Whether we’re for or against it — or even aware of it — new legislation exists for Florida public schools. On March 28, 2022, Florida Governor Ron DeSantis signed the Parental Rights in Education law, which will take effect on July 1, 2022. More control over what and how our children learn sounds appealing, but when I heard opponents are calling it the “Don’t Say Gay” law, I took a deeper look.
Full disclosure: I come from a family where the majority of us identify with at least one of the letters in LGBTQ+. I’ve danced with my brother at The Metro on Christmas Eve. My kids marched in their first Pride parade when they were ages 2 and 4. At one point in our lives, Mother’s Day called for as many greeting cards as I have fingers on one hand. Suffice it to say, we’re a lot to keep straight.
To be fair, the law does not explicitly ban using the word “gay.” The exact language sparking controversy says it’s an act “prohibiting classroom discussion about sexual orientation or gender identity in certain grade levels or in a specified manner.” It goes on to state that “Classroom instruction by school personnel or third parties on sexual orientation or gender identity may not occur in kindergarten through grade 3 or in a manner that is not age-appropriate or developmentally appropriate for students in accordance with state standards.”
I understand the desire to be involved in what and how my children learn about sensitive topics. My partner and I would rather screen educational videos from Amaze.org to teach our kids sex-ed at home versus having them learn from a random classmate on the playground. So, what’s the problem?
Just as many fear what lies on the other side of our crumbling structures around sexuality and gender, I fear the way this law might play out when my kids return to school next fall. The law doesn’t go into detail about what is and isn’t allowed to be said. What it does say is that if a parent believes a discussion or instruction their child hears at school violates the law, they have the right to sue. When the penalty for violation is financial, most schools can’t afford to test the waters on what is and isn’t allowed.
As a queer-identified parent, this leaves me with some serious questions. If this law had been in effect when I was the volunteer gardening teacher for my son’s kindergarten class, what would I have been allowed to say to the student who asked why the little boy with the watering can was wearing a red dress? When my kids’ teachers asked about their weekends, would my kids have been allowed to say their uncles had a wedding at Treaty Oak? After my 4-year-old pushed my 2-year-old in his stroller in the Pride parade with our church, would I have needed to caution him not to talk about it at VPK?
I wonder what my kids will experience when they go back to school this August. Will my moms be allowed to introduce themselves as my kids’ grandmothers when they pick them up at early release? Will my 8-year-old be allowed to keep wearing the equals sign pin he bought from the National Center for Civil and Human Rights museum last year?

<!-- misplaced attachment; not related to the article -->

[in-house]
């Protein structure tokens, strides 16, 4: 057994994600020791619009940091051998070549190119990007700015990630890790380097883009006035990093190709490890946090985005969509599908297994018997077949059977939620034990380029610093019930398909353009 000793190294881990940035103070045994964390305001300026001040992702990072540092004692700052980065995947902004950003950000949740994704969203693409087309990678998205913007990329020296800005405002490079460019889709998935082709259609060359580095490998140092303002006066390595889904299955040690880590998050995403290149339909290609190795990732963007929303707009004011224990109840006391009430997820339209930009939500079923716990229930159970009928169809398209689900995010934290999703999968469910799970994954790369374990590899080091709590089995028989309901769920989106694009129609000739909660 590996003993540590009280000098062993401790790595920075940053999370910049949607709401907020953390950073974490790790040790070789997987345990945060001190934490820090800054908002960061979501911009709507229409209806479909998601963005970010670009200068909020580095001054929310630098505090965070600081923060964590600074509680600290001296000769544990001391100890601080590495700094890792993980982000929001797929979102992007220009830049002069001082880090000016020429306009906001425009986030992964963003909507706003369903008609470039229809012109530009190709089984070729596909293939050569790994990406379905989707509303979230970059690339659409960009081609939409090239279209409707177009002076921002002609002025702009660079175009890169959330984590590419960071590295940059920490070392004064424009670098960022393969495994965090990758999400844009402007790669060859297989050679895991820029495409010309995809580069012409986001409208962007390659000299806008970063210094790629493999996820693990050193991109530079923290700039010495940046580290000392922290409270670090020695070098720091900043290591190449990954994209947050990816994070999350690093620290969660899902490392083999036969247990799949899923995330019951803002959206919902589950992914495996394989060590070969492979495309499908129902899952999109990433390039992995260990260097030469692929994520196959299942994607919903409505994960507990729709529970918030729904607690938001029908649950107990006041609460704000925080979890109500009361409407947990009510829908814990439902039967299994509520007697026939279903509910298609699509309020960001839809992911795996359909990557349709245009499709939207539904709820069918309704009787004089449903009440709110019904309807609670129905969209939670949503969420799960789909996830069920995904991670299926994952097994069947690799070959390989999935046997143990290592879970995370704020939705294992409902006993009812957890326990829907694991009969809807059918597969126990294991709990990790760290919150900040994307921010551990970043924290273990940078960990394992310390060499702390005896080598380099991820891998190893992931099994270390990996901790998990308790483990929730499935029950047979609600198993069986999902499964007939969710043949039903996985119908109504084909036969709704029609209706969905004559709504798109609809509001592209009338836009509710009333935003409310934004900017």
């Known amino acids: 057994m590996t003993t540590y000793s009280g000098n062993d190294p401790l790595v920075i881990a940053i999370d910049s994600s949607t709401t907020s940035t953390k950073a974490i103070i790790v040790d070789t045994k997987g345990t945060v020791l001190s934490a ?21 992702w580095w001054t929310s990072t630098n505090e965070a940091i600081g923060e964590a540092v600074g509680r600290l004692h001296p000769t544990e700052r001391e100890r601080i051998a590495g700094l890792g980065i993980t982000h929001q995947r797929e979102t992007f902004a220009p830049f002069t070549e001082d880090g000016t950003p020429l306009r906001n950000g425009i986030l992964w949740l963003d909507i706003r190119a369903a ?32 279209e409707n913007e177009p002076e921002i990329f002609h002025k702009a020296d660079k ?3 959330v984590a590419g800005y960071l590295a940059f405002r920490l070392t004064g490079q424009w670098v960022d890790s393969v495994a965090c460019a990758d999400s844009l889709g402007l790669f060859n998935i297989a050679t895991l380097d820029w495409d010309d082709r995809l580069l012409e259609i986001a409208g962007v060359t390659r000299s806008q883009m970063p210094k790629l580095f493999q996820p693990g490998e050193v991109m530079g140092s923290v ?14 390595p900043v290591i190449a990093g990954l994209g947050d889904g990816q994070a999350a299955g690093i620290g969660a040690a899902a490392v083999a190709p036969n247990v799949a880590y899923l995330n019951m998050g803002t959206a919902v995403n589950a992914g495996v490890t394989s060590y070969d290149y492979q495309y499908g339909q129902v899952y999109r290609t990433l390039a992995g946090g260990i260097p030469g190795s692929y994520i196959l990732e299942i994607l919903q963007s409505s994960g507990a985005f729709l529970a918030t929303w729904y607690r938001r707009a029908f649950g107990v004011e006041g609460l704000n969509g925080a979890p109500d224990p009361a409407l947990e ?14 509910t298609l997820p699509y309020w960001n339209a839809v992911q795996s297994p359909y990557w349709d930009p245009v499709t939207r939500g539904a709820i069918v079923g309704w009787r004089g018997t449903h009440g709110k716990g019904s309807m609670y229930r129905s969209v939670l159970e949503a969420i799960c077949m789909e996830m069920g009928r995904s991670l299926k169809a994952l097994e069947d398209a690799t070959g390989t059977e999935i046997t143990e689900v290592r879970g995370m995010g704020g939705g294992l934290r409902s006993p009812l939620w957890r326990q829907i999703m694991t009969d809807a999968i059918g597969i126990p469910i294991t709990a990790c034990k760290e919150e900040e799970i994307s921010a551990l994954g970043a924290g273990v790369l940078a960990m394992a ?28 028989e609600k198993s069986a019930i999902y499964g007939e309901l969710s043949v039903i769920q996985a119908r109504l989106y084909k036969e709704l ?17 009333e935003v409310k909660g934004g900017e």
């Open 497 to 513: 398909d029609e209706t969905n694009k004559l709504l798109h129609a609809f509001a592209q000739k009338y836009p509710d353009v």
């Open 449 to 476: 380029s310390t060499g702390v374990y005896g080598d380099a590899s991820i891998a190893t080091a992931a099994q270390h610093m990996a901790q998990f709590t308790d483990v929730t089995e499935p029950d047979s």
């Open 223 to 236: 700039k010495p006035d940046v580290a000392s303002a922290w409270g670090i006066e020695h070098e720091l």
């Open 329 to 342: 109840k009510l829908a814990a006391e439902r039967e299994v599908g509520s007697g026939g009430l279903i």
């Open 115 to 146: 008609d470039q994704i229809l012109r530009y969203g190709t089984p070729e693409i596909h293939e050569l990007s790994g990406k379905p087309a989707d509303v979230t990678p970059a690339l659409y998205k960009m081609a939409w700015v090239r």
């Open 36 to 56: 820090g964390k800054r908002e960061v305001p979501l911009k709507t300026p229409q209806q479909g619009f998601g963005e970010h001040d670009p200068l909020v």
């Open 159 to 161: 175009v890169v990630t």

I’m asking parents to take a hard look at our children’s education, an issue that should bring us together, not apart. This isn’t the time to change the subject to literacy rates and pedophilia, as some media and political outlets have done. Those are real problems separate from this topic. Inclusive education is its own issue, and it applies to skin color, country of origin, language spoken, socioeconomic class, neurodiversity, sexual orientation, and gender identity.
Wherever we stand on issues of sexuality and gender, individuals with unique identities and presentations exist, often from a young age. What we believe and what we legislate, can’t change the fact that some little boys wear red dresses to kindergarten. No matter how things shake out in the classroom this fall, our responsibility as parents is clear. I hope you’ll join me in teaching acceptance and inclusivity at home, and advocate however you can to make learning welcoming and safe for all kids.
About the Author
Melissa Gopp-Warner is a creative nonfiction writer whose work has appeared in Jacksonville Mom, the JaxbyJax Literary Arts Festival, Uncomfortable Revolution, The Writer, and Yoga Journal magazine, among others. In her spare time, she grows food, raises humans, and adventures with her life partner. Find her on social media @melissagopp and online at her author website MelissaGopp.com.
Thanks for this thoughtful piece on the new legislation. In a time of such deep socio-political division, messages of love and acceptance feel critical. Recognizing that all families, regardless of their makeup, want their children to experiencing safety and belonging feels like a wonderful place to start.
Thank you for reading, Jenny! Love and acceptance are so critical.